In order to speak, the speaker must
send in his card, and on il the phase
of the  question   he   wished   to  speak
on.     The   Chairman,  John   R.   Mott,
had control of who should speak and
in  what  order.    At  the close of one
day he had 50 cards of men who had
not had a chance to speak.    In the
cussed.    Among    the    laymen    who
spoke were Robt. E. Speer, Seth Low,
Balfour    of    Burleigh,    Sir    Andrew
Eraser and Sherwood Eddy.    Among
the   ministers   were   Dr.   Denny  and
Dr.   Ilorton.     Dr>- Denny   spoke  on
the   demand     of    missions    on   the
church.     Not   an  optimistic  address,
but most  incisive.    He  showed  with
mpelling power the demand missions
made on the character and that only
by exalting Jesus Christ and obeying
His   commands  could  we   enter  into
our  heritage.
Dr.   Horton  spoke  on   "The  Sufficiency  of  God."    For  days  we  had
heard  of the  one  hundred  and  fifty
million unchristian heathen—the propaganda  by  heathen  religions  themselves, the force of Islamism today,
the  force  with   wheh   heathenism  in
Africa   is   often     beating     back   the
Christian forces.   But in the face of it
all   Dr.   Ilorton   dared   to   show   the
all sufficiency of God and that in His
strength  we  could  conquer.
Dr. Mott's address was an inspiration. With compelling power he
showed us our responsibility to go
forth and do our share in evangelization of the world.
The service of intercession at the
centre of the day we entered upon a
service of prayer. It was considered the most important part of the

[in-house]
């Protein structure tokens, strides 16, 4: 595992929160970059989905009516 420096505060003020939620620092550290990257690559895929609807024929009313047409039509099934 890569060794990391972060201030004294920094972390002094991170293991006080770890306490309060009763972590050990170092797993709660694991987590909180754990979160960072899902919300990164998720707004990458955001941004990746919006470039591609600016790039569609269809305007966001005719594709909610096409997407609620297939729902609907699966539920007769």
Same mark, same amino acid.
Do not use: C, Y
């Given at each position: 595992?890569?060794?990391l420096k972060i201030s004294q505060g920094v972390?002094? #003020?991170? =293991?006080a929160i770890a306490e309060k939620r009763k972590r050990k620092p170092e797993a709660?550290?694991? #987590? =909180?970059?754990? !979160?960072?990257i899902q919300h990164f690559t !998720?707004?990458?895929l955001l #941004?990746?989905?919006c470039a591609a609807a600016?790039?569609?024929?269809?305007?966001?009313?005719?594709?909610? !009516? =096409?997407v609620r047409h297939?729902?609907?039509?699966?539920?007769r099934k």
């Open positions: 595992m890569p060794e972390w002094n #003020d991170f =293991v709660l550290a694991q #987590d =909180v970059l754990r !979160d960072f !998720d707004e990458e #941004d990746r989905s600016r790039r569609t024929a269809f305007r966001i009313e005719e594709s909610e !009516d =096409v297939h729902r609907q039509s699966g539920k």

Congress. It was in harmony with
the whole spirit, of the Congress.
During the two years previous
every day at noon the Committee had
stopped all its work to pray, and
many of the forenoon difficulties were
dissolved in prayer, and light broke
in on the shadows. The chairman
sad he knew they were led of God.
Result of Congress.
4. The spirit of unity and toleration present We had men of most
divergent views on polity and theology and yet all were unified 11 a
sense of the presence of the Lord
things on which we agree! We are
ime on all that is necessary for the
world's  salvation.
S.   The sense of responsibility resi
ing on  us as  Christians  to do our
-hare 111 u orld-evangelizalion. Wc
fell how little we had done and how
determined we  were to do our best
to arouse ihe I liiuvh lo her duty.
The  heart  of  the  I liurch   should  beat
quick and strong to accomplish  the
purposes of God lo save the world,
unless she has such missionary enthusiasm she is an organization which
misrepresents her Lord. What a glorious privilege il is to be a Christian!
to live todayl when ihe church may
enter into her giorioui heritage and
bring mankind to the feet of her Redeemer and  Lord.
(Continued from Page 1)
compilation  of traditional  reports.    I
shall nol trouble you further with extracts.     J   want   to  simply  say:   "Mr,
Jackson is more radical in some respects,   more   conservative   in   others
(ban these writers. I am not prepared
to say that Jackson, Orr and others
are correct.    I am not capable of expressing an opinion. When in Europe